Posted by: Loren Coleman on April 26th, 2007
The Laotian rock rat (Laonastes aenigmamus) is a living fossil. New DNA results confirm it is the last surviving member of a once-large group of rodents that was known only by fossils, which supposedly vanished from the fossil record 11 million years ago. Surprise, this is the mammalian version of the coelacanth.
Nobel Intent, at Ars Technica’s science-centric journal, summarizes the findings:
DNA sequence analysis has now joined the argument and comes down strongly in favor of the living fossil contention. Not only is the rock rat like nothing we’ve ever seen before, it’s not much like anything we’ve ever sequenced before.
The authors of the new report sequenced a small set of genes (six genes totaling 5.5 kilobases) in species from every major group of rodents. They also examined a number of repetitive sequence elements from the same groups. The data suggested that the rock rat split from the rest of rodents about 44 million years ago. For context, all existing primates derive from a speciation event about 50 million years ago.
Given this sequence data, it appears that Laonastes is the only living member of an entire family of mammals, the otherwise extinct Diatomyidae.John Timmer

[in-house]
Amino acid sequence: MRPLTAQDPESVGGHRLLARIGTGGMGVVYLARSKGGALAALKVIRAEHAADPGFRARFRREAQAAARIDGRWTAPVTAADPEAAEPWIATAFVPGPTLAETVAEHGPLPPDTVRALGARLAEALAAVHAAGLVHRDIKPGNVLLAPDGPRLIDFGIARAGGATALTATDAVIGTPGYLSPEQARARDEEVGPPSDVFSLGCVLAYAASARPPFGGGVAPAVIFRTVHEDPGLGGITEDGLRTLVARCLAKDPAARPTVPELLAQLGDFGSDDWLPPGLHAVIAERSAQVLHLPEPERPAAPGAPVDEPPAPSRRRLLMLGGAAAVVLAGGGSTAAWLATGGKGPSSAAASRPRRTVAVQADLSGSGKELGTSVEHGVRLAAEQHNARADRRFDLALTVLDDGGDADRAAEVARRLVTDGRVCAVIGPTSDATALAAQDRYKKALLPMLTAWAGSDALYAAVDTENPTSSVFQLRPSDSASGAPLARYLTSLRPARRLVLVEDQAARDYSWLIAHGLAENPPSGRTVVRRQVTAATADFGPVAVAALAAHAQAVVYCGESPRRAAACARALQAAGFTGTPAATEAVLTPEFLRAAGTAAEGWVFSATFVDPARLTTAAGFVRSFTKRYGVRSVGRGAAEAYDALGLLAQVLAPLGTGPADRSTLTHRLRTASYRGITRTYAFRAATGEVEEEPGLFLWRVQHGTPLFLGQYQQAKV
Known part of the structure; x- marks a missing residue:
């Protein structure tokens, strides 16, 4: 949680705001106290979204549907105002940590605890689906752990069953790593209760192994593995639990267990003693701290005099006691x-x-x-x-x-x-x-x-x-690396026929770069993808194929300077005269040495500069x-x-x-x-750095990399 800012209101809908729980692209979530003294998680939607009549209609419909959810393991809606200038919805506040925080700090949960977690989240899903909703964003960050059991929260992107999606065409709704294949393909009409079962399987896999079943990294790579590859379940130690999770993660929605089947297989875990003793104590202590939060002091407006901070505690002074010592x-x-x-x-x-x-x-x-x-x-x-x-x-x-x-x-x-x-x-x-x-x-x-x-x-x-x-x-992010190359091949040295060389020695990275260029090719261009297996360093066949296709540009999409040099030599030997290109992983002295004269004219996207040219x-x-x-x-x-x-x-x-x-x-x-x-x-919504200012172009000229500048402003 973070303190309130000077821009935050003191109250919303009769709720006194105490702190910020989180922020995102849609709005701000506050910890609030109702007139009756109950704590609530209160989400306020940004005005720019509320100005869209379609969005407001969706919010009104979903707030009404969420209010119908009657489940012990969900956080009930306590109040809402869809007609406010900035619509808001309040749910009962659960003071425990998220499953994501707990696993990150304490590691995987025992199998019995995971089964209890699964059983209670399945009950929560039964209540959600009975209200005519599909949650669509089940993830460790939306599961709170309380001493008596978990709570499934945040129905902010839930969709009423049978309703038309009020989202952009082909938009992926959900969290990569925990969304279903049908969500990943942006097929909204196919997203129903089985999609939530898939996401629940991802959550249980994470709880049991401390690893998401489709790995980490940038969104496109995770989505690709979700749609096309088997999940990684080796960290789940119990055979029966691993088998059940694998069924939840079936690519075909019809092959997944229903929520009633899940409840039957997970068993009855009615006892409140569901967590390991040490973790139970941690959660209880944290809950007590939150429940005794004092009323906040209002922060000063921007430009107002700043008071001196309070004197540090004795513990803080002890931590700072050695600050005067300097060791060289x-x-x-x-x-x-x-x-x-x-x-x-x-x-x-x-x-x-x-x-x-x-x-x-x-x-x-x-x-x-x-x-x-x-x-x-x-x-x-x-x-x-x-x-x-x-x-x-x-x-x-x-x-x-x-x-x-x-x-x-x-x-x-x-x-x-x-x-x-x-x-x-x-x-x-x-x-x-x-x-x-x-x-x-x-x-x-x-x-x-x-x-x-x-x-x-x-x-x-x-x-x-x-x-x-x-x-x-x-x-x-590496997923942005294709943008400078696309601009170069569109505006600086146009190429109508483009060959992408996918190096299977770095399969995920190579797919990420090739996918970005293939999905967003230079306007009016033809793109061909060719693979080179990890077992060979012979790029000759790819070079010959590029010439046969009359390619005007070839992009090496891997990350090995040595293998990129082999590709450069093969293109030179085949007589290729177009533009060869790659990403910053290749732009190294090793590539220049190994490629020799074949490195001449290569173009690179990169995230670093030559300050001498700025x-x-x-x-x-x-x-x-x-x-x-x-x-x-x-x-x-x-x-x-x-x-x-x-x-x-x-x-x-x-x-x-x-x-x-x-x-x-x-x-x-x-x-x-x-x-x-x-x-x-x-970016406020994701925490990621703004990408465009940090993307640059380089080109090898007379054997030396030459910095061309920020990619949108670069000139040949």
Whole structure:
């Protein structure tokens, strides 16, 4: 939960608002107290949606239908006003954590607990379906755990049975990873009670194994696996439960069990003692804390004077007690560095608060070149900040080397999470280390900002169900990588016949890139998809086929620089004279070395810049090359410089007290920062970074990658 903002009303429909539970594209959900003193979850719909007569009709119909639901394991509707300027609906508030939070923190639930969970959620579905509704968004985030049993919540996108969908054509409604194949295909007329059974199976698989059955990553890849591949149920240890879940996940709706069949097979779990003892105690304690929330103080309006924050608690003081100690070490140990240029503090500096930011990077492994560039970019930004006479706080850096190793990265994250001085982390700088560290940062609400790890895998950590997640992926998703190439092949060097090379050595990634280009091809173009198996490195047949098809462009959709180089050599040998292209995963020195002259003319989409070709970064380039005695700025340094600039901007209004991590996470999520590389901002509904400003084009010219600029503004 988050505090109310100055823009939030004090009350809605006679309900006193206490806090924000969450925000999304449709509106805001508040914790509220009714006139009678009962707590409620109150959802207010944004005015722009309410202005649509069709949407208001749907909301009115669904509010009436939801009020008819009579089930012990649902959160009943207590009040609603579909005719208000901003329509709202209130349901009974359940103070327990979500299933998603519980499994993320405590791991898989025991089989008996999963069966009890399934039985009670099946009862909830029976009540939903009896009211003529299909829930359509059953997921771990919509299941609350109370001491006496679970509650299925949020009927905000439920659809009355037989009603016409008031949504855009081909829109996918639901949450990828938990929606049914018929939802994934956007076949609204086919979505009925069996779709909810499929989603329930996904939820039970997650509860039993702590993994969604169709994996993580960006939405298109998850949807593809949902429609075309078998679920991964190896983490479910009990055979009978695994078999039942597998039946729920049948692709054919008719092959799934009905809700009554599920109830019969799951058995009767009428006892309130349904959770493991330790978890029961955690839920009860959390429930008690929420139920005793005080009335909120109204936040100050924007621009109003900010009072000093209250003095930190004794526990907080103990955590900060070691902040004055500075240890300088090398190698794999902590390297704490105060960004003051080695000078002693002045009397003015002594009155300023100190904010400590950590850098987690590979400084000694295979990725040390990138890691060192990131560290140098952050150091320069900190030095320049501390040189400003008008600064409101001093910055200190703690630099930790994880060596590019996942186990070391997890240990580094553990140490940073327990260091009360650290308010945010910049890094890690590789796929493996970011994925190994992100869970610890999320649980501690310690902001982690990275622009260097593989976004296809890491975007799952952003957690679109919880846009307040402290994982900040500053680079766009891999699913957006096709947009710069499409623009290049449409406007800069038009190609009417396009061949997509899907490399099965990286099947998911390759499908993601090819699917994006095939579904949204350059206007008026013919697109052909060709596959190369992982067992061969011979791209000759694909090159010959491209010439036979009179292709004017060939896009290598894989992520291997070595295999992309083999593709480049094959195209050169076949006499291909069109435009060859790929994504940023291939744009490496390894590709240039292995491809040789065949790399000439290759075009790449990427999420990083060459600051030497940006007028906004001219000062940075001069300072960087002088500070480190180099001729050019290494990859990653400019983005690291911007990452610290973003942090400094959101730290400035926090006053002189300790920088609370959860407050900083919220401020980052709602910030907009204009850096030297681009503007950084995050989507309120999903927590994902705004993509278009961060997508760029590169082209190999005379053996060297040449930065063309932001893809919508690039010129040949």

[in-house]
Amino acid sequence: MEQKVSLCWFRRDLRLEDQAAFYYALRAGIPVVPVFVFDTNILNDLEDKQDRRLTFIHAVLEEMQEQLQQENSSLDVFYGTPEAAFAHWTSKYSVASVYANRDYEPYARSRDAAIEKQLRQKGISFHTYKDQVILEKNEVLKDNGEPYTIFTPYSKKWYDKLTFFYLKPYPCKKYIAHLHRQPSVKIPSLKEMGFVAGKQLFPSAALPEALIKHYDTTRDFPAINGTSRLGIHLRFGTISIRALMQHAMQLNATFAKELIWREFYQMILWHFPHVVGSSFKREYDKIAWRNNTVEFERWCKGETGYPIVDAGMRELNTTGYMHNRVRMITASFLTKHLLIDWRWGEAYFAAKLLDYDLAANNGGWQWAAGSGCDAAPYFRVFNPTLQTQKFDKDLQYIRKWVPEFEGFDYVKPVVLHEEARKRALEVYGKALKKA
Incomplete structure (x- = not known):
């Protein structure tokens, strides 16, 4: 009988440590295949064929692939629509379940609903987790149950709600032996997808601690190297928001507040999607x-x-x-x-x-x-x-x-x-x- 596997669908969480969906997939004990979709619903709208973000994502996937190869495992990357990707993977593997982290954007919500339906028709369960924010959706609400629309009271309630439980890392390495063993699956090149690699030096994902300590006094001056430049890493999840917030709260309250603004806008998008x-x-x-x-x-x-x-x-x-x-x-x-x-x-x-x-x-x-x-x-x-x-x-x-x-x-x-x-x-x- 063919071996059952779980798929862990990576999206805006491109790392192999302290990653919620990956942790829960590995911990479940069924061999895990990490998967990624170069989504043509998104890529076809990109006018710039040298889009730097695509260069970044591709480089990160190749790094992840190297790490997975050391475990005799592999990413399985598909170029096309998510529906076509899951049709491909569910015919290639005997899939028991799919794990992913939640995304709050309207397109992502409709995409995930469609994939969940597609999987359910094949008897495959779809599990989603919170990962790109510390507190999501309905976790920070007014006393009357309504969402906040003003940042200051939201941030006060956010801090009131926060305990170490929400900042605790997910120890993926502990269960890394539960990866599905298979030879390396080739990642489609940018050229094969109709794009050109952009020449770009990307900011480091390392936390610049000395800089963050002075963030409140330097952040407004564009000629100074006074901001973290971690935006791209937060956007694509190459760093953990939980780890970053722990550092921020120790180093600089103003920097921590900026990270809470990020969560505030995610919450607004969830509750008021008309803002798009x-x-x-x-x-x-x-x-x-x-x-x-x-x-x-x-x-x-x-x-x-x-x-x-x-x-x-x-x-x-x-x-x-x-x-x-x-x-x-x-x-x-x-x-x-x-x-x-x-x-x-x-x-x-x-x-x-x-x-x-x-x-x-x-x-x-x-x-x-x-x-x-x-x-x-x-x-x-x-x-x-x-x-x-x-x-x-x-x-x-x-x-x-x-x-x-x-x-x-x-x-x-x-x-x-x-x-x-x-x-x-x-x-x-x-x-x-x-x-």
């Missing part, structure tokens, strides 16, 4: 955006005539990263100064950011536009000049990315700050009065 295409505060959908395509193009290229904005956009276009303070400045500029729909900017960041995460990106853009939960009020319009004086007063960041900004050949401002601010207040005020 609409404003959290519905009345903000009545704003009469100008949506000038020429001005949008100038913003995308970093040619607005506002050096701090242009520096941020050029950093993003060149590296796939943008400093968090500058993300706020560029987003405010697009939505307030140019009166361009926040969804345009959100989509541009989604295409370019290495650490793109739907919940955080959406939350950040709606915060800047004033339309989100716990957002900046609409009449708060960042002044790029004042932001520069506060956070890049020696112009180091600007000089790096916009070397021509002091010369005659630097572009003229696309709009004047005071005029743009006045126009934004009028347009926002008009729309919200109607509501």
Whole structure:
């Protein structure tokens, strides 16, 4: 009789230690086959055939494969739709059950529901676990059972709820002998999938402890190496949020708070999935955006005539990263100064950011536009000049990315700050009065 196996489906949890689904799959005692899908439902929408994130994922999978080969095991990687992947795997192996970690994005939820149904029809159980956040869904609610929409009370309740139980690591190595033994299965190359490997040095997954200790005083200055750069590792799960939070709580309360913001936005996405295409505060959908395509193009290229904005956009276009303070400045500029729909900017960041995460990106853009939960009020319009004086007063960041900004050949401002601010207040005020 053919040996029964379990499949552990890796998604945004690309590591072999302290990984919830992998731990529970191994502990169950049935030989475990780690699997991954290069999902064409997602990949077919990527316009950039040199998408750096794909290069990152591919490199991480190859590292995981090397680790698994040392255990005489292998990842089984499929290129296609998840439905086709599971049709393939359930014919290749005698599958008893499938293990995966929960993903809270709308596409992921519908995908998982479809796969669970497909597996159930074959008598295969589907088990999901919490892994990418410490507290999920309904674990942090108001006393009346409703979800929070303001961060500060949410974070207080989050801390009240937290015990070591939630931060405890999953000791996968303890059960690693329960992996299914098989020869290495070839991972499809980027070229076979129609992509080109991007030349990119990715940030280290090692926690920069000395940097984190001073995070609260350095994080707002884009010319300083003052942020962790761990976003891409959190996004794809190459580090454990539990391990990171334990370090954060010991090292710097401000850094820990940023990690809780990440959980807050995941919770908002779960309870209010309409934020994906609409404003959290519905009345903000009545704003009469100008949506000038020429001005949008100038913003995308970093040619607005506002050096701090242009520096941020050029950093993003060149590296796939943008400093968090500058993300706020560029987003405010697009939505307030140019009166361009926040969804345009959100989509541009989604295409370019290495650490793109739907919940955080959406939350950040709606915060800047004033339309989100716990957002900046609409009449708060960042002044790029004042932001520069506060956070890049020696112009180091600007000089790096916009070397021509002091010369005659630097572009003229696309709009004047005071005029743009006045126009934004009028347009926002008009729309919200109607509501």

Cute, humm? I do not, however, think they will replace hamsters as a “favorite pet.”
Photographs courtesy Florida State University.
Loren Coleman is one of the world’s leading cryptozoologists, some say “the” leading. Certainly, he is acknowledged as the current living American researcher and writer who has most popularized cryptozoology in the late 20th and early 21st centuries. Starting his fieldwork and investigations in 1960, after traveling and trekking extensively in pursuit of cryptozoological mysteries, Coleman began writing to share his experiences in 1969. An honorary member of Ivan T. Sanderson’s Society for the Investigation of the Unexplained in the 1970s, Coleman has been bestowed with similar honorary memberships of the North Idaho College Cryptozoology Club in 1983, and in subsequent years, that of the British Columbia Scientific Cryptozoology Club, CryptoSafari International, and other international organizations. He was also a Life Member and Benefactor of the International Society of Cryptozoology (now-defunct). Loren Coleman’s daily blog, as a member of the Cryptomundo Team, served as an ongoing avenue of communication for the ever-growing body of cryptozoo news from 2005 through 2013.